Students see Chinese culture through storytelling


April 08, 1997|By Sherry Graham | Sherry Graham,SPECIAL TO THE SUN

TO REALLY LEARN about a country and its people, I believe you must study the culture.

Thanks to a PTA-sponsored program, Freedom Elementary School third-graders were recently treated to a glimpse of Chinese culture through the ancient art of storytelling.

Storyteller Linda Fang used traditional costumes and props as she took students into China's distant past through three Chinese folk tales.

Fang's first story was of a man who convinced his neighbors that he possessed a lucky nose. Although the man wasn't totally honest, his actions eventually brought him an important job as a detective.

"The lucky nose story was so funny," said Jill Bankard, 8. "I liked how the lady played the parts of all the people in the stories."

A story about a Chinese wedding ceremony gave students an opportunity to learn about marriage customs in ancient China. A third story about a young boy whose money was stolen showed an entire village in action as people helped locate the criminal.

Fang had a little help from students Lauren Baird, Lauren Jones, Matthew Mason and Mark Miller, who took the parts of soldiers.

The third-graders will continue their study of China and plan to share their knowledge with parents at a Chinese Cultural Night at 7 p.m. April 23 at the school.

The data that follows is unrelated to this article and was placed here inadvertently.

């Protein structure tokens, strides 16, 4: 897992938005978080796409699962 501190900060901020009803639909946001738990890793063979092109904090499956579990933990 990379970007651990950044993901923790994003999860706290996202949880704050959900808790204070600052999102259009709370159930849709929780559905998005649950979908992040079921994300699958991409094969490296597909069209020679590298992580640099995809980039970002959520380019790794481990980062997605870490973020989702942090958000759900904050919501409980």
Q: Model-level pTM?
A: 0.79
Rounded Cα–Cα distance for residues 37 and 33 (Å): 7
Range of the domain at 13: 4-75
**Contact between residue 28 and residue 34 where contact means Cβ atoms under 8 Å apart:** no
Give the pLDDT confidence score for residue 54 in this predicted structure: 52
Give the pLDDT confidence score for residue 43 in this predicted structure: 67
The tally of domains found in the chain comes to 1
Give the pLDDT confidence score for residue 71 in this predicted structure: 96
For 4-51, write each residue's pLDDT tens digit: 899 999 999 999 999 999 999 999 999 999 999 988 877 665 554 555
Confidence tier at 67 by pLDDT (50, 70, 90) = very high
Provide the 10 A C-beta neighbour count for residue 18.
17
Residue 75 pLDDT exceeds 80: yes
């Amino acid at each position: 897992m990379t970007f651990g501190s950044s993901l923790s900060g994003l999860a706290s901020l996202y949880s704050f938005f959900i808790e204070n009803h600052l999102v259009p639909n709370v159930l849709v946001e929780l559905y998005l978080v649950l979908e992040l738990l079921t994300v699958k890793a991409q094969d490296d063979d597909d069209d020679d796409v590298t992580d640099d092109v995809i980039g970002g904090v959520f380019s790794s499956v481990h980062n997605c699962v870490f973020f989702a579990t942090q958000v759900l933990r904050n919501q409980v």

Artist lesson

History and culture were presented to fifth-grade students at Freedom Elementary School yesterday as Ted Brown gave a riveting performance as Vincent van Gogh.

Brown demonstrated the 19th-century Dutch painter's techniques as he "re-created" one of van Gogh's most famous works, "In the Field."

Students were in awe as Brown told them of the loss of van Gogh's ear by his own hand. Brown was dressed as van Gogh and even managed to be "missing" an ear.

The PTA sponsored Brown's performance. Brown travels to schools throughout Maryland performing visual and musical programs to stimulate students' interest in history and culture.

Geography bee

Culture is just one subject of interest to Brad Dyjak. He is also interested in geography, boundaries, customs and current events.

Brad was one of four Carroll County students who participated in the state finals of the National Geography Bee last Friday in Alumni Hall at the Naval Academy in Annapolis.

This was a second trip to the state finals for Brad, a sixth-grader at Oklahoma Road Middle School. He reached the event by scoring among the top 100 fourth- through eighth- graders on a 70-question written examination.

At the state level on Friday, Brad was flawless in his answers during the eight rounds of questioning in his preliminary group. He was one of three students out of 20 in his group to achieve a perfect score.

With only two students eligible to continue from each group, Brad faced a few tie-breaker questions. All three students answered correctly on the first question, incorrectly on the second but Brad faltered on the third question and was eliminated from the competition.

Although he was disappointed, Brad was pleased with his overall results.

"I did better than I did last year, so maybe I'll win next year," he said.

Sherry Graham's Southeast Carroll neighborhood column appears each Tuesday in the Carroll County edition of The Sun.

Pub Date: 4/08/97

Baltimore Sun Articles
Please note the green-lined linked article text has been applied commercially without any involvement from our newsroom editors, reporters or any other editorial staff.